By Elsa Maxey
Whether you are in favor of red light cameras in Sugar Land or not, ignoring the fine will end up costing the offender, more than likely the owner of the vehicle, $100. City spokesperson Doug Adolph reports that “failure to pay the civil penalty within 45 days after receipt of this notice of violation shall result in the imposition of a late-payment fee of $25 per state law.” The fine is $75. Notices are sent within 30 days of an offense with payment options and instructions on how to appeal the violation.
But, that’s not what H.R. Van Der Grinten, who lives in Sugar Land’s extra territorial jurisdiction and is the Founder of Houston Coalition Against Red Light Cameras, is concerned about these days. He continues getting signatures on a petition so that a measure will go before voters letting them decide whether to continue to operate the cameras. Procedures for cities choosing to use red light cameras came from the state, and the Texas Department of Transportation also addresses installation and operational requirements, including contracting with a vendor. In Sugar Land, it’s American Traffic Solutions (ATS), which operates the Safe Light Sugar Land program “allowing police officers to focus on other law enforcement activities that enhance public safety,” said Adolph.
Capt. Van, a sea captain who goes by the short name, says that Sugar Land’s recent account is false about the use of a collection agency for the unpaid fines. Last week he even filed an open records request with the city, still pending, asking for the name and contact information of the collection agency used by ATS. Capt. Van said a city representative told him the city is not allowed to deal directly with a collection agency, a red flag to Capt. Van. But, it’s ATS which “uses a collection agency as part of their agreement with the city,” said Adolph, and it “manages the relationship with the collection firm.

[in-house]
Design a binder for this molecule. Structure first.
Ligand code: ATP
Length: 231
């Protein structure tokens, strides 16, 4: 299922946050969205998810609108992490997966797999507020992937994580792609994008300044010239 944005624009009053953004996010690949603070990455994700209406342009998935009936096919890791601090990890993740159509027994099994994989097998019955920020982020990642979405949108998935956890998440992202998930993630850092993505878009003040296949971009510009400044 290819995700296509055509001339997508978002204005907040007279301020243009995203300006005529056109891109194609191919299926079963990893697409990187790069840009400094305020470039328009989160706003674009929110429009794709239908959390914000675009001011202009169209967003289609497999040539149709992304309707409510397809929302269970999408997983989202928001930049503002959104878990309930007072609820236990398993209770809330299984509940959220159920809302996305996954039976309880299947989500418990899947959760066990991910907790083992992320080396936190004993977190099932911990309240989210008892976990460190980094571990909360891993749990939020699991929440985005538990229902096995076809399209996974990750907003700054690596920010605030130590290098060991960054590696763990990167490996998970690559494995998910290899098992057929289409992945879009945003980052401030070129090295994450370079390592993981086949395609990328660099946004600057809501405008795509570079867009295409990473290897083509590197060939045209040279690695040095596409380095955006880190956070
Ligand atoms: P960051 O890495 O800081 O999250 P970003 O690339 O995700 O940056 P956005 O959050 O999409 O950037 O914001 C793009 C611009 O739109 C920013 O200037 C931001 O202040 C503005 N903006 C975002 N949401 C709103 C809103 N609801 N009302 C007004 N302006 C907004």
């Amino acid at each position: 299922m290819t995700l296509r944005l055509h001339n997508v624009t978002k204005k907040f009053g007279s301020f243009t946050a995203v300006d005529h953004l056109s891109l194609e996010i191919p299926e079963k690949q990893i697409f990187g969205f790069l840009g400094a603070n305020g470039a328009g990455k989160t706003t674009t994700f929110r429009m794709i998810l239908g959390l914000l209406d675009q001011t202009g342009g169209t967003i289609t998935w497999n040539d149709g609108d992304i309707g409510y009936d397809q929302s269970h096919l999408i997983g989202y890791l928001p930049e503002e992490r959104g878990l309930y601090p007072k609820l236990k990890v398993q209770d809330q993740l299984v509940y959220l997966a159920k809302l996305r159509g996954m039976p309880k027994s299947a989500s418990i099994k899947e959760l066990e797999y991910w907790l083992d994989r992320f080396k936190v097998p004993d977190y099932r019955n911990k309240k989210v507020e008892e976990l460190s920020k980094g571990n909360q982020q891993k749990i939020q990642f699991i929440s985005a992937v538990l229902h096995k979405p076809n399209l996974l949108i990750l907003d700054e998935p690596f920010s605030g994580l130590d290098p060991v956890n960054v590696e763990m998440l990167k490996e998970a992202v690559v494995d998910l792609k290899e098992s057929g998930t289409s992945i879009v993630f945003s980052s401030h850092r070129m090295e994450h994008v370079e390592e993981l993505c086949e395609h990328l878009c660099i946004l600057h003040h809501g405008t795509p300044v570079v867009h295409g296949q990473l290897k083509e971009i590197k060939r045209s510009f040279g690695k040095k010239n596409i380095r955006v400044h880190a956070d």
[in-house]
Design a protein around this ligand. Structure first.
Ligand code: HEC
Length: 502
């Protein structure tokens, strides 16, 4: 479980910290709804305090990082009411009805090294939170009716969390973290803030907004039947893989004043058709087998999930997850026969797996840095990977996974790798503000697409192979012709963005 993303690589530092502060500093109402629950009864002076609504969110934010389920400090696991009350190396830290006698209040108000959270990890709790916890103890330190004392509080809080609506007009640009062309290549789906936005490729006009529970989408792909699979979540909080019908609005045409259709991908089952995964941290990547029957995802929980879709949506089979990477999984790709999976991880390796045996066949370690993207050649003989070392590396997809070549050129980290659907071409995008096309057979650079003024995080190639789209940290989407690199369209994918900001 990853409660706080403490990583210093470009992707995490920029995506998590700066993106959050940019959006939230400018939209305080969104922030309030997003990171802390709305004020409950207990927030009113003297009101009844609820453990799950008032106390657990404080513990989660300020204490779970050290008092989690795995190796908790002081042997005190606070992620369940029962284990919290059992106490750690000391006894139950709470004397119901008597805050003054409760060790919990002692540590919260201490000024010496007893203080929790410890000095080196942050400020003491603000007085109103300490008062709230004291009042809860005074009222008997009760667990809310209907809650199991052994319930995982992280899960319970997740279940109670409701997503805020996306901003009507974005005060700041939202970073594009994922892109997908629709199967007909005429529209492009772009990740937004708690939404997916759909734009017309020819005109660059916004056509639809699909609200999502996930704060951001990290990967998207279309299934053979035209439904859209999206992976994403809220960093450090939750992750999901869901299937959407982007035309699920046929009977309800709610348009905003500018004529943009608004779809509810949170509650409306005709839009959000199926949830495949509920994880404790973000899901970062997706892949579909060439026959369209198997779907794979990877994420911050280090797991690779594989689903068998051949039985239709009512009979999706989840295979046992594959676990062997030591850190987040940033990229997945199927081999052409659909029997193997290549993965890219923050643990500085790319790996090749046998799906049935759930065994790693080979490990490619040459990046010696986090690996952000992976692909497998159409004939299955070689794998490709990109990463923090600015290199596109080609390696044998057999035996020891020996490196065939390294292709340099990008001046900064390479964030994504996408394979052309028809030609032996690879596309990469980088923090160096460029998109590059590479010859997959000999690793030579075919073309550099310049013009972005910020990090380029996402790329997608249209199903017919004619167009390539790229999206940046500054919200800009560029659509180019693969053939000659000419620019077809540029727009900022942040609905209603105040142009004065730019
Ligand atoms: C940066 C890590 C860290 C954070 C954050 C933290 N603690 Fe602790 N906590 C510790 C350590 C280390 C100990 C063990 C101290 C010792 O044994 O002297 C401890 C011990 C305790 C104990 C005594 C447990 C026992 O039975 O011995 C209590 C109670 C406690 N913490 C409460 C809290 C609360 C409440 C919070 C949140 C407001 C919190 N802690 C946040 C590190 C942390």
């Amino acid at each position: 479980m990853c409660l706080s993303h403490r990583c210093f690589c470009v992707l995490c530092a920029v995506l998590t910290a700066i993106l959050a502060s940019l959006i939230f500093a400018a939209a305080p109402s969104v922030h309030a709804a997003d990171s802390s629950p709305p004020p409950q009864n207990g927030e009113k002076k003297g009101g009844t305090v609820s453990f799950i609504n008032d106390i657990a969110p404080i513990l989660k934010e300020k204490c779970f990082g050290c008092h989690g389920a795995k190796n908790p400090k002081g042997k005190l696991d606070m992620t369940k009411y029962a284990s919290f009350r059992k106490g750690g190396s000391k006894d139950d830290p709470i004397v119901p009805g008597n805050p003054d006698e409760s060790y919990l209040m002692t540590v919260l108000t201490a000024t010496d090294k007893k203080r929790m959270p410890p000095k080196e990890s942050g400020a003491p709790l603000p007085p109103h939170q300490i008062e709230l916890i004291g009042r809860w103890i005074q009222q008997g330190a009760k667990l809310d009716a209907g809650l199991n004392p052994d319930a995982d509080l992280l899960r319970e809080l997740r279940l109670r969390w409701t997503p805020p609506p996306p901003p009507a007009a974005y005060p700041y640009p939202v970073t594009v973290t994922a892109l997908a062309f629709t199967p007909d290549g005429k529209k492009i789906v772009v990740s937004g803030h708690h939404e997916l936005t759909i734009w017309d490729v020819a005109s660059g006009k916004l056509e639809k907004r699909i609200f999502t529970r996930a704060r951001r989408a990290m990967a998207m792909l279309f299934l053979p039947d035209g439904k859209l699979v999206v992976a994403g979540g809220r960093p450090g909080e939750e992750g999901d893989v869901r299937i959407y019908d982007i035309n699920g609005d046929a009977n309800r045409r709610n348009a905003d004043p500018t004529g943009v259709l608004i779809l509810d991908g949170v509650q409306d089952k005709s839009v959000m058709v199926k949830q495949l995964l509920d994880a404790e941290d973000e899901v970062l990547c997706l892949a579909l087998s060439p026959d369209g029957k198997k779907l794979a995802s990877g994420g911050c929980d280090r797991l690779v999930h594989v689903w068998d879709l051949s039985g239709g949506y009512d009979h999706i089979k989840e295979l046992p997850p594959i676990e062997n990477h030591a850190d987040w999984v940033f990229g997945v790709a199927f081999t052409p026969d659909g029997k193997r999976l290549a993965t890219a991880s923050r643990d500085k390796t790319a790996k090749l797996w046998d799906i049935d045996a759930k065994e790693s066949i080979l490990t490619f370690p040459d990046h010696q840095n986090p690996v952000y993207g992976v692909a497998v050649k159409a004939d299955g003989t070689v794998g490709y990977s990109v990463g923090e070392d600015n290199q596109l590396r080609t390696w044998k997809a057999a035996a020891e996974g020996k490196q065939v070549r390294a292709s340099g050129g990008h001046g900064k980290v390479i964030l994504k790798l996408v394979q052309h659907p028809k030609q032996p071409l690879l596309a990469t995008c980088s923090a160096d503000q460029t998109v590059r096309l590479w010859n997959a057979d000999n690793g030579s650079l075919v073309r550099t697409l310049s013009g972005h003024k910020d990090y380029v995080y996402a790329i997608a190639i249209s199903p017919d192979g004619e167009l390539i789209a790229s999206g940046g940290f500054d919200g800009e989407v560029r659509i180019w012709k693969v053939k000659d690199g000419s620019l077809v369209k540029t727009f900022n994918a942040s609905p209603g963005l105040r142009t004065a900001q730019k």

At this point, not satisfied with the response from Sugar Land, Capt. Van maintains that this “is a blatant attempt to cover-up the fact that RLC (Red Light Camera) fines are virtually voluntary.” However, Adolph told the “Star” on Monday that “payment is not voluntary per state law.” He also said that ATS handles collections “per the agreement,” although he did not disclose the name of the collection agency.
Sugar Land reports 14,686 violations with an 80 percent collection rate for the last fiscal year ending in Sept. “Net red light camera collections totaled $529,636,” and 50 percent or $264,818 was sent to the state, he said. Adolph also said that revenue from red light penalties in Sugar Land goes into a special city account for traffic safety programs, intersection improvements, public safety programs and traffic enforcement, including the Safe Light Sugar Land initiative.